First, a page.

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Barbarians of Lemuria (Legendary Edition) $5.00
Average Rating:4.7 / 5
Ratings Reviews Total
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Barbarians of Lemuria (Legendary Edition)
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Barbarians of Lemuria (Legendary Edition)
Publisher: Beyond Belief Games
by Roger L. [Featured Reviewer]
Date Added: 07/30/2013 02:06:49
Jedes Spielsystem muss sich auch daran messen lassen, wie schnell Spieler es auf- und annehmen. Barbarians of Lemuria hatte mir bereits beim ersten Durchlesen gleich imponiert. Die Regeln waren einfach und versprachen viel Spaß. Kurzentschlossen habe ich es am frühen Nachmittag für meine erste Spielrunde am Abend des selben Tages auf den Plan gesetzt. Konnte das gutgehen?

Regeln

Da wir Barbarians of Lemuria (im Weiteren: BoL) noch nicht vorgestellt haben, hier ein kurzer Abriss der Regeln:

Gewürfelt wird mit 2W6 auf die Zielzahl 9. Alle positive Grade (+1 bis +5) eines passenden Attributs, sowie entweder der Grad eines passenden Berufs (occupation) oder einer passenden Kampffähigkeit (combat ability) darf man auf den Wurf addieren. Abzüge gibt es auch – zum Beispiel die Verteidigung (defence) eines Gegners. Zwei Einsen sind der automatische Fehlschlag, zwei Sechsen der automatische Erfolg. Zusatzregeln gibt es für Patzer (calamitous failure) sowie mächtige und legendäre Erfolge (mighty success und legendary success).

[box]Krongar der Barbar versucht eine Wache mit seinem Schwert zu erschlagen. Krongars Spieler würfelt eine 7. Er addiert seine Nahkampffähigkeit (2) und seine Agilität (2) und zieht die Abwehrfähigkeit der Wache (1) ab – sein Ergebnis ist 7 + 2 + 2 – 1 = 10. Er hat getroffen.[/box]

Die Charaktererschaffung ist schnell und unkompliziert: Man darf vier bis fünf Punkte auf vier Eigenschaften (strength, agility, mind, appeal) verteilen. Weitere vier Punkte auf vier (der vielen) Berufe, die den Werdegang der Figur beschreiben: Ob er mal Söldner oder Sklave war, sein Geld als Dieb verdient hat oder als Bettler erflehen musste, usw. Die Berufe gelten als Anhaltspunkt dafür, was der Charakter an Nichtkampffähigkeiten mitbringt. Und vier Punkte kommen auf die vier Kampffertigkeiten (brawl, melee, ranged, defence). Außer bei Berufen ist einmalig -1 als Wert erlaubt (ein Abzug). Der Wert 0 ist generell erlaubt.

Nur bei der Wahl der Herkunft des Charakters dauert es ein bisschen länger. Hier gibt es Tabellen mit Vor- und Nachteilen (boons, flaws). Einen Vorteil gibt es gratis, einen zweiten kann man durch einen Nachteil erkaufen. Hier gibt es viel zu lesen, also dauert es ein bisschen. Die meisten Vor- und Nachteile werden aber durch 3W6 abgebildet – man darf dann entweder die besten zwei oder muss die schlechtesten zwei Ergebnisse behalten.

Trifft jemand im Kampf, so wird der Schaden ausgewürfelt, der Rüstungsschutz aber auch! Eine Armschiene schützt halt nur manchmal, und nicht jeder Stich ist gleich gut gesetzt. So circa 7 bis 14 Lebenspunkte (lifeblood) kann ein unerfahrener Held an Schaden ertragen bevor er ohnmächtig wird. Sinken die Lebenspunkte unter 0, wird es lebensgefährlich.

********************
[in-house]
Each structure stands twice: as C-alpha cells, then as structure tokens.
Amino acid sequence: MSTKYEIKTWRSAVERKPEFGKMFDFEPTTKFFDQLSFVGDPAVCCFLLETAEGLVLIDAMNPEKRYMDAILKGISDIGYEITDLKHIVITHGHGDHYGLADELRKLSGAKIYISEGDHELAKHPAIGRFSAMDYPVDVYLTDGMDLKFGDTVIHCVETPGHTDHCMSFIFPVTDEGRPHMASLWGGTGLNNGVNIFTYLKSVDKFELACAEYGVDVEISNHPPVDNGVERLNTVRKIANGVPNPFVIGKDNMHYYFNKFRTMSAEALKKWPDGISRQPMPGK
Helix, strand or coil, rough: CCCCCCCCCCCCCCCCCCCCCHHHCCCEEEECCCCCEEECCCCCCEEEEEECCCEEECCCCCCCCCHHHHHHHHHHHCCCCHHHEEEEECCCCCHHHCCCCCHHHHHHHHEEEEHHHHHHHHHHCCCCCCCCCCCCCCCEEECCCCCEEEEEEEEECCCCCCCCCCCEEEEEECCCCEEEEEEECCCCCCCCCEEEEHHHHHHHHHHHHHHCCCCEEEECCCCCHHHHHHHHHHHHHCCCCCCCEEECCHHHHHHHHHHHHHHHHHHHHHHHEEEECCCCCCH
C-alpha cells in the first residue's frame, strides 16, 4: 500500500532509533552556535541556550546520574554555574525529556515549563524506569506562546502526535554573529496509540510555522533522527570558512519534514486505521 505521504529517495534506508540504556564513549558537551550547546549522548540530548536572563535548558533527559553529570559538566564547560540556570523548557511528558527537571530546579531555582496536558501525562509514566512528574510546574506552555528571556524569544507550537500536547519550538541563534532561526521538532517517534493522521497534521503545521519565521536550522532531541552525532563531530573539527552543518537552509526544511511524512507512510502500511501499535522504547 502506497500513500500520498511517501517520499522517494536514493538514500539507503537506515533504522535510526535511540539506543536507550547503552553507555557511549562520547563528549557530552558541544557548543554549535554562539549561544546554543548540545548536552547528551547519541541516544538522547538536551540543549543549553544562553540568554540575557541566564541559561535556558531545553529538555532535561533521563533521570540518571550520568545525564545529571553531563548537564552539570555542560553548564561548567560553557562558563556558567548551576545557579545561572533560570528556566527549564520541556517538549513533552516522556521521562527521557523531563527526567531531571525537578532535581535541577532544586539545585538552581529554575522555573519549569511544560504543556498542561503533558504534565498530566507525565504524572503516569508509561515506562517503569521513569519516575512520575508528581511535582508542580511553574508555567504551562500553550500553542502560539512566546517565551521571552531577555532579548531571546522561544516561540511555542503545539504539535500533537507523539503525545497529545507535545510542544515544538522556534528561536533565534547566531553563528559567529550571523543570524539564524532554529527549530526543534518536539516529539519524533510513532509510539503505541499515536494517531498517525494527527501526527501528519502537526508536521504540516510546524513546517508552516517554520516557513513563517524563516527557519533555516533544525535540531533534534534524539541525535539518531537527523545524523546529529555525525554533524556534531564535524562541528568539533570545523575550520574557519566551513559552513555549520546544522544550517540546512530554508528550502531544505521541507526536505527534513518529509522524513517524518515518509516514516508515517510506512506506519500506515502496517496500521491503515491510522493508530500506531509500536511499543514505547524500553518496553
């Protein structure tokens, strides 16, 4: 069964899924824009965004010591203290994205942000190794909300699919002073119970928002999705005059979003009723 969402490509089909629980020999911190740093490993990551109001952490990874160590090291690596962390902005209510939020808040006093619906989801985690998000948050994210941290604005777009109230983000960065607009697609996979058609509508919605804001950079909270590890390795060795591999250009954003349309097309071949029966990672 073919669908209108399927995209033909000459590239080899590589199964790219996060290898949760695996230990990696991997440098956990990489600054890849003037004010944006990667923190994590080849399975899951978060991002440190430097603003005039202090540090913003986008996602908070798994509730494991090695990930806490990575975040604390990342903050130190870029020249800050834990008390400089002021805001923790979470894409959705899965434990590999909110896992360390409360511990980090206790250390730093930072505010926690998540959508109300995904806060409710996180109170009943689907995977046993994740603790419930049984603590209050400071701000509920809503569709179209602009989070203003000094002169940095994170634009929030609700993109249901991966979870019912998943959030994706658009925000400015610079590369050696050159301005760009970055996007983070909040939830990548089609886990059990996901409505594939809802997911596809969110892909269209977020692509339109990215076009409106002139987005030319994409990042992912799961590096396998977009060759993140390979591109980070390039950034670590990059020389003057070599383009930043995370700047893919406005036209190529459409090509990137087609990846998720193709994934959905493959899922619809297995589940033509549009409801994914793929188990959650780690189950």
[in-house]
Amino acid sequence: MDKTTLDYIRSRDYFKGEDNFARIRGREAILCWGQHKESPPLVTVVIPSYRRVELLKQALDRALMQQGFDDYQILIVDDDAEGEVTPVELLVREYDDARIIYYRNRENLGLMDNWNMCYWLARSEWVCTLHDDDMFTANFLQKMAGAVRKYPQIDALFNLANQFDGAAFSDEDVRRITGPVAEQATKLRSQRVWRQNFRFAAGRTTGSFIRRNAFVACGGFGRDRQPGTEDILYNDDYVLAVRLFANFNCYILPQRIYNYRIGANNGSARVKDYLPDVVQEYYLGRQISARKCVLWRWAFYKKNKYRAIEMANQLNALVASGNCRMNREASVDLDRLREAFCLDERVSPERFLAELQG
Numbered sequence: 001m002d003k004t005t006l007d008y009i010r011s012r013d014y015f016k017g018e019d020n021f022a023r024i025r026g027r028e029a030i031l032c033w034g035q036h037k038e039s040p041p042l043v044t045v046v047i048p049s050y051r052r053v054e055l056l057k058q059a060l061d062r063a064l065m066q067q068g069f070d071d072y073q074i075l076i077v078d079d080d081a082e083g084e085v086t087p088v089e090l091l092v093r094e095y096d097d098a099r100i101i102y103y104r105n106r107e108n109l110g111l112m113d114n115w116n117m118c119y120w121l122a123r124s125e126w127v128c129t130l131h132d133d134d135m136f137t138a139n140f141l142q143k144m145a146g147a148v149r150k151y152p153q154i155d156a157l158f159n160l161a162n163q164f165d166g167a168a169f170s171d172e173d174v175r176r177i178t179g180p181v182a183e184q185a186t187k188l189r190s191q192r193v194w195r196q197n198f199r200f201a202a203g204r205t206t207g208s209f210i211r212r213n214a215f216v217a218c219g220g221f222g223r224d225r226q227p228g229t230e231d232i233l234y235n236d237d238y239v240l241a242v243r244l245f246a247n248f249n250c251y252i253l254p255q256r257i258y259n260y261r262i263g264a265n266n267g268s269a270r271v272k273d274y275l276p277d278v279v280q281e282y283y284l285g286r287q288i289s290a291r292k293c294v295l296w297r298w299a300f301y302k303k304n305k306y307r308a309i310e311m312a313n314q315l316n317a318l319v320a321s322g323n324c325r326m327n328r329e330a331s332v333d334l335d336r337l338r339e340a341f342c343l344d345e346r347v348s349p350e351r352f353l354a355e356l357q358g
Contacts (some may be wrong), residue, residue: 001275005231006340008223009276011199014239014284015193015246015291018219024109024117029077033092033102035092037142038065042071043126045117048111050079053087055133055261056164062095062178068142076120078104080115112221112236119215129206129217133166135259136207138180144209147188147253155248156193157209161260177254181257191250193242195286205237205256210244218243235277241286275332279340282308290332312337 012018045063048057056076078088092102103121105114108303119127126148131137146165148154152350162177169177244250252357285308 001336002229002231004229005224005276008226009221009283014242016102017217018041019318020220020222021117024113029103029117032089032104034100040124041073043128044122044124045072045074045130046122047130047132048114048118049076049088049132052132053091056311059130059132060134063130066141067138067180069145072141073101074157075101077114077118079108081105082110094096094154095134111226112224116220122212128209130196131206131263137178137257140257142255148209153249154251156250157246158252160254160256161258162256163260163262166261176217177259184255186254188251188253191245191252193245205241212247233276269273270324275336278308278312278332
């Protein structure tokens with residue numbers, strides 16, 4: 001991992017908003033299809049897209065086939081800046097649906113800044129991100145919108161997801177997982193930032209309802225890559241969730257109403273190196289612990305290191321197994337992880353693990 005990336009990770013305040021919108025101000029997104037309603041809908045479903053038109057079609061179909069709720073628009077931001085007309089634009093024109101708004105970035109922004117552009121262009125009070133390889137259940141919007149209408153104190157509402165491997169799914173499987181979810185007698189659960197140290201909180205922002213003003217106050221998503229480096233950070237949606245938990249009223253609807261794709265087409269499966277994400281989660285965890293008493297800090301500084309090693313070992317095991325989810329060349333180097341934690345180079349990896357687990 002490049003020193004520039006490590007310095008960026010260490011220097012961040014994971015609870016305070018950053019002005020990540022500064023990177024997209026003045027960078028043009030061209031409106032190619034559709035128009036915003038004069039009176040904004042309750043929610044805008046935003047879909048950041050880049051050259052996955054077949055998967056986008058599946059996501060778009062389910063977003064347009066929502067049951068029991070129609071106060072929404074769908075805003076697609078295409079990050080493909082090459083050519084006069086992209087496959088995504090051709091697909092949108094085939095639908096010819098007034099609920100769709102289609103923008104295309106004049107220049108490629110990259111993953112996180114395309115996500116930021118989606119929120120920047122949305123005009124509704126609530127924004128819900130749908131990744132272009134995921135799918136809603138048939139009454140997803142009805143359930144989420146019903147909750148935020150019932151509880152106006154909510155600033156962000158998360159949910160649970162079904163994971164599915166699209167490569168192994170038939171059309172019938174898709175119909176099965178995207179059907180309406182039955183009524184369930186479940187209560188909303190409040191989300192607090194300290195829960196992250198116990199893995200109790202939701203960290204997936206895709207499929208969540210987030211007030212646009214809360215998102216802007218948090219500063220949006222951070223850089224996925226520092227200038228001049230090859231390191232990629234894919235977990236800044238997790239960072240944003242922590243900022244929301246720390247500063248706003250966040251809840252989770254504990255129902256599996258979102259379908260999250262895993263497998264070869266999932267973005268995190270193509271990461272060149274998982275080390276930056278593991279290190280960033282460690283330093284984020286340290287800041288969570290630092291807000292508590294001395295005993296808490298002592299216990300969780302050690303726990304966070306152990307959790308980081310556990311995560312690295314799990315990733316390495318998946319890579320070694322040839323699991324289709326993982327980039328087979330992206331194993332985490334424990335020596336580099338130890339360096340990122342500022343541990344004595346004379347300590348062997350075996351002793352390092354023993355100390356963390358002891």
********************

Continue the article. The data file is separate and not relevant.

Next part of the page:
Jeder Held kriegt 1 bis 6 Heldenpunkte (hero points) pro Abenteuer zur freien Verfügung. Mit diesen können Würfe erneut durchgeführt oder verbessert werden, oder auch mal Schaden abgeschüttelt. Man kann auch langfristig bessere Startwerte gegen weniger Heldenpunkte tauschen.

Auch schnell abgehandelt ist die Magie, die sich in vier generische Schwierigkeitsgrade (cantrip, first, second, third grade) teilt. Über die Mächtigkeit des gewünschten Effekts wird der Grad und somit die Schwierigkeit einer magischen Handlung bestimmt. Die reicht von einer kleinen magischen Kerzenflamme (cantrip) bis zu katastrophalen Verwüstungen (third grade). Wer günstige Umstände für Zauber höherer Grade schafft (ein Opfer, viel Zeit, eine offensichtliche Geste), kann billiger zaubern und spart sich Zauberpunkte (arcane power).

Priester können Segen verteilen und andere verfluchen. Alchemisten können Tränke (potions) brauen oder mächtige Maschinen (devices) basteln. Die Regeln für Alchemie sind etwas aufwändiger und verschlingen vier Seiten.

Die erste Session

Die netto verfügbare Spielzeit waren drei Stunden und außer mir hatte keiner vorher was von BoL gehört. Charaktere hatte ich selbst vorbereitet und das im Buch enthaltene Abenteuer Die Ebenen des Todes (The Plains of Death) vorbereitet. Mir tat es regelrecht leid, dass ich den Spielern den Spaß nahm, die Charaktere selbst zu generieren. Denn die Erschaffung, speziell die Berufswahl, ist ein echtes Highlight von BoL.

Als Handouts gab es die Charakterbögen, eine Karte von Lemuria, einen Ausdruck der Magieregeln für den Magier, sowie die zwei Seiten zum Thema Heldenpunkte für jeden Spieler.

Die Grundmechaniken des Spiels waren anhand der Charakterbögen schnell erklärt. Für vier Spieler gab es zur Auswahl: einen Jäger aus dem Dschungel, einen Barbaren aus der Eiswüste, einen Magier von der Insel Thule, einen Dieb aus Malakut und einen Gladiator aus Oomis. Durch die Berufe konnte ich jedem eine kurze Vita erzählen, die der Spielfigur Farbe gab. Eine schnelle Einführung in die Spielwelt mit Hilfe der ausgedruckten Karte rundete das Ganze ab.

Bereits durch die einleitenden Szenen konnten die Spieler sich mit den Grundlagen der Proben vertraut machen. Die Spielwelt nahm schnell Gestalt an. Mit einem von mir in das Abenteuer eingeflochtenen Kampf mit einem jungen Drakk (Flugsaurier) brachte ich etwas Leben in die Reise über die Ebene. Die Basiswerte der Bestie waren schnell modifiziert und so konnte es losgehen. Die Abwicklung war flott und unproblematisch.